TRENTON – State officials said today that 540 properties have been approved for buyouts in flood-prone areas.
The properties, which will cost $121 million in federal grants, are in the Passaic River Basin, according to the Department of Environmental Protection.
DEP made the announcement following a meeting today with mayors and other officials of those affected towns.
“While there is no silver bullet that can put an end to flooding, the Christie Administration is committed to doing everything in its power to provide relief to people who have had to live for far too long with the cost, stress and anxiety of repeated flooding,” DEP Commissioner Bob Martin said in a release.
“We are continuing to move ahead on the Passaic River Basin Flood Advisory Commission’s 15-point plan to mitigate the impacts of flooding in this highly populated basin.”
Of those 540 residential properties, 125 will be paid for through $5.6 million in DEP Blue Acres funds – 58 properties in Wayne, 46 in Lincoln Park, 20 in Pompton Lakes, and one in Little Falls, according to DEP.
The DEP previously set aside $2 million to provide block grants to municipalities and counties to cover their required non-federal match to buy flood-prone properties. The DEP is working to direct another $8 million for the non-federal match for 174 additional properties that received Federal Emergency Management Agency grant funding under the federal disaster declaration for Hurricane Irene in 2011.
These properties are in Denville, Fairfield, Lincoln Park, Little Falls, Manville, Middlesex, New Milford, Parsippany-Troy Hills, Paterson, Pequannock, Pompton Lakes, and Westwood, DEP reported.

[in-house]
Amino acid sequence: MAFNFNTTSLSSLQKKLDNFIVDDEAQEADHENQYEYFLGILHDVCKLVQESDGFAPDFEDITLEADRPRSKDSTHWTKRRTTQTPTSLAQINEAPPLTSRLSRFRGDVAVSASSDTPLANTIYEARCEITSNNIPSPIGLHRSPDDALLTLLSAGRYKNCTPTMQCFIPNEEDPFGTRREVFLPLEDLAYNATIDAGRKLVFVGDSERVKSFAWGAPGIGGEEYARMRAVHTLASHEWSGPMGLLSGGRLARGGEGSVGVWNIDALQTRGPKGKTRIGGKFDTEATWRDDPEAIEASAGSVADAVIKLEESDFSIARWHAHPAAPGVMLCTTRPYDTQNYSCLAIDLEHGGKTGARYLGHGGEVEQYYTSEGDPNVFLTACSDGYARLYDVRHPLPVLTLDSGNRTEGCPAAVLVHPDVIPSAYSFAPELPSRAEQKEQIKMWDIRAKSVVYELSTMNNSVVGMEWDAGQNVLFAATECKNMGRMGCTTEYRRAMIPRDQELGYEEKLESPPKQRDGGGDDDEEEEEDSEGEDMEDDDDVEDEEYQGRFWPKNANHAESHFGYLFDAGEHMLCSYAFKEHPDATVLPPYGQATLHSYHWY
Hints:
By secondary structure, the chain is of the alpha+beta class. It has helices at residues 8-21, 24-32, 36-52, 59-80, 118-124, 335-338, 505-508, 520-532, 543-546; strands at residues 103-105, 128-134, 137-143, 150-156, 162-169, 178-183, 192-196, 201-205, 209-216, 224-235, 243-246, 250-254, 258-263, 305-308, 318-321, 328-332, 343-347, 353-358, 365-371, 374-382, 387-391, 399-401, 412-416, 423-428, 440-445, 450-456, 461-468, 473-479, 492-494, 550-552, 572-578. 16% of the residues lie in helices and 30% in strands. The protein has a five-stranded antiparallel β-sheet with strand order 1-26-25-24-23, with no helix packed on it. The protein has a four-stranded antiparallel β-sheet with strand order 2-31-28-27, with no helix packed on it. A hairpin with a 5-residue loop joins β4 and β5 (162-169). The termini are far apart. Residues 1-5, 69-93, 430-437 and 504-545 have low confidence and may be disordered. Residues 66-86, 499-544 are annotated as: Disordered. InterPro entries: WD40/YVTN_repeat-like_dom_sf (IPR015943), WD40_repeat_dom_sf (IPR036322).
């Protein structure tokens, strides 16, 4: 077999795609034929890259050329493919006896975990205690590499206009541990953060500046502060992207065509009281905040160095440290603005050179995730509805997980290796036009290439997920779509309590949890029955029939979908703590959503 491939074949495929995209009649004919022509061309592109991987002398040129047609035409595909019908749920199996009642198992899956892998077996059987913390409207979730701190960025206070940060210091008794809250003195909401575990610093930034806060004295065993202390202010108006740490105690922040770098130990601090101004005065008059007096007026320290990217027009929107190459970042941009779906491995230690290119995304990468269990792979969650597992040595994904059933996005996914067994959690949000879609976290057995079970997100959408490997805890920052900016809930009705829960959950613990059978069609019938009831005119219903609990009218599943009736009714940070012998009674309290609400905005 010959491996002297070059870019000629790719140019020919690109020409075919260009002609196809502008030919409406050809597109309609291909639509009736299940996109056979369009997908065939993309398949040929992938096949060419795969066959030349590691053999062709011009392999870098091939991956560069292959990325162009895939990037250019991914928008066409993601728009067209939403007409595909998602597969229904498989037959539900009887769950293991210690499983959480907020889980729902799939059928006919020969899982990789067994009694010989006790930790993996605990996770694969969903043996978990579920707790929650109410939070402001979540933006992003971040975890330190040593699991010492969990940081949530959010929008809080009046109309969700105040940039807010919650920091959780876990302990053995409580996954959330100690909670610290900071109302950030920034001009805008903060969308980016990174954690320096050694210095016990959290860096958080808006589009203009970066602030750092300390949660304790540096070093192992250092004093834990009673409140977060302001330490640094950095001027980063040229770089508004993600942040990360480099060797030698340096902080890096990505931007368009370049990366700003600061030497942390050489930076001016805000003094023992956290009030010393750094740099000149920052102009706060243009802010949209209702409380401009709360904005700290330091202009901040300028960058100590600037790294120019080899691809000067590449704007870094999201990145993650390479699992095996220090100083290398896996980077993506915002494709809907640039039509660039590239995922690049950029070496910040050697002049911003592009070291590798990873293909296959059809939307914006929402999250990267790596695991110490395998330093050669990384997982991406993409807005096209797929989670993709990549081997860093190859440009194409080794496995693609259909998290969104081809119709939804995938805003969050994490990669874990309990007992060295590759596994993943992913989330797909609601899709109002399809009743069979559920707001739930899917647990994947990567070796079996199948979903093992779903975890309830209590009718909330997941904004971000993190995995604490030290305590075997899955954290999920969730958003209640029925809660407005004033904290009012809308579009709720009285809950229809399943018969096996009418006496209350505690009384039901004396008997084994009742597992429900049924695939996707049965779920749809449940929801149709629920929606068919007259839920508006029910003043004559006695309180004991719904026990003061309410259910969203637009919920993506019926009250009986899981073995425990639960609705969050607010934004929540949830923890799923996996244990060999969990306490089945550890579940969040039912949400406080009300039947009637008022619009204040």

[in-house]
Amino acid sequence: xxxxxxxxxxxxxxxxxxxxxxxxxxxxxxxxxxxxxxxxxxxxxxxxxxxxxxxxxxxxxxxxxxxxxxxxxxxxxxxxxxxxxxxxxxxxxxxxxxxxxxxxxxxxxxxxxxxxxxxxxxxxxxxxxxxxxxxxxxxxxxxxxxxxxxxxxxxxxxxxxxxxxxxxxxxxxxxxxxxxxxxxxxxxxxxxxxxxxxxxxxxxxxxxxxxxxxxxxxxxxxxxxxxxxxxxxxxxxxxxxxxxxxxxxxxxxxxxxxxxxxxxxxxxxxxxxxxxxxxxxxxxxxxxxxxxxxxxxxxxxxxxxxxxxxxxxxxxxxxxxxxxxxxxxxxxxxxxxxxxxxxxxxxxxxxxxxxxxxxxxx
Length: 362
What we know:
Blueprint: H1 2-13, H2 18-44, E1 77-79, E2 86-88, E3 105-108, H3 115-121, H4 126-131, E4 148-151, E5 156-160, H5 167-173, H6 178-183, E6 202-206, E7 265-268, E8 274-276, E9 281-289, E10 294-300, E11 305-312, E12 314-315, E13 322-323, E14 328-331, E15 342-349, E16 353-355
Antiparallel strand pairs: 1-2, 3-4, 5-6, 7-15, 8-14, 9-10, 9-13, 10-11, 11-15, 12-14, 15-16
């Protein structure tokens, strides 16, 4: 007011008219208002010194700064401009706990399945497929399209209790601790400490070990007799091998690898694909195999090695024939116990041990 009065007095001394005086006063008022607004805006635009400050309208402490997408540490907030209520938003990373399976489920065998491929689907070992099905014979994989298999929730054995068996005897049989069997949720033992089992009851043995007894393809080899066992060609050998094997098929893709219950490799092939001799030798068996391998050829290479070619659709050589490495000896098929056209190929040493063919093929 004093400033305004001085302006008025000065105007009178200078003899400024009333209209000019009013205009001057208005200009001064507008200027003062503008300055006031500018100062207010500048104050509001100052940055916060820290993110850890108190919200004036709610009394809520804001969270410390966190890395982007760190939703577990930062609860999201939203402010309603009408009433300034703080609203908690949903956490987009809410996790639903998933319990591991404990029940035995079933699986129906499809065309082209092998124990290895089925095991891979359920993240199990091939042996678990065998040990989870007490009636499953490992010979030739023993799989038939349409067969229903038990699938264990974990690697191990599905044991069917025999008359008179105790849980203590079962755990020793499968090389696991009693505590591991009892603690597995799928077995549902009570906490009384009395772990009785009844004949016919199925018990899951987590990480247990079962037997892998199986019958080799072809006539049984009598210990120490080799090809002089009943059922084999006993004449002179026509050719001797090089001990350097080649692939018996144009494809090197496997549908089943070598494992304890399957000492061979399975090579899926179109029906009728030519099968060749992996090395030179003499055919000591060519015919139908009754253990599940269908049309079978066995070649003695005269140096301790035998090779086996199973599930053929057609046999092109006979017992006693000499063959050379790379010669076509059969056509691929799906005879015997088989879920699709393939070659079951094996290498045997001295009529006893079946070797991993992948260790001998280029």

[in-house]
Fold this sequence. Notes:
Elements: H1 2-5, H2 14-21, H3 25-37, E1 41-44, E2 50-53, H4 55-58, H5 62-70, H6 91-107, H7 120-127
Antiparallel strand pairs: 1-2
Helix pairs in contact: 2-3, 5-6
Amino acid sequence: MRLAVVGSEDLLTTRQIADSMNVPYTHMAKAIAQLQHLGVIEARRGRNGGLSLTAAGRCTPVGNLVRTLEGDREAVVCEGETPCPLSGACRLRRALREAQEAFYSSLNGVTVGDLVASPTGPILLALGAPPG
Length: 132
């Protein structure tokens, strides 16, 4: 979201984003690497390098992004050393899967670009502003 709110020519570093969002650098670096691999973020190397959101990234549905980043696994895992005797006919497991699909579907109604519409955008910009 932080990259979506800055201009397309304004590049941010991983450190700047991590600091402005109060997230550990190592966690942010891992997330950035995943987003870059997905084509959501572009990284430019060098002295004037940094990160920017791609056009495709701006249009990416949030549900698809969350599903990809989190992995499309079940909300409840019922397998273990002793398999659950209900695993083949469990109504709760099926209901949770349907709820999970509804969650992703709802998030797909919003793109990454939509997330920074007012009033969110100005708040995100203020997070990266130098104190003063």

The state and FEMA are working to secure matches from local funding sources for the remaining 241 properties. Those matches will come from a variety of sources, including the Green Acres Program and county and local open space trust programs, DEP said.
Also at Thursday’s meeting, DEP released results of an independent study by engineering consultant AECOM, which determined the operation of the Pompton Lake Dam’s flood gates is not increasing downstream flooding in the central part of the basin.
In February 2011, the Passaic River Basin Flood Advisory Commission recommended 15 short-term and long-term measures to help mitigate the impacts of flooding in the basin, which covers significant portions of Bergen, Morris and Passaic counties.
In related news:
The New Jersey Office of Emergency Management reported that FEMA has approved grants that will elevate 106 flood-prone properties. More elevation grant approvals are expected under three recent federal disaster declarations.
In acknowledgment of the flooding risks in the Passaic River Basin, Martin said, “The most effective strategy is to move as many people out of harm’s way as we can. We fully expect the pace of offers and acquisitions to pick up in the coming months. All levels of government will continue to work together to help local governments and the residents of flood-prone areas.”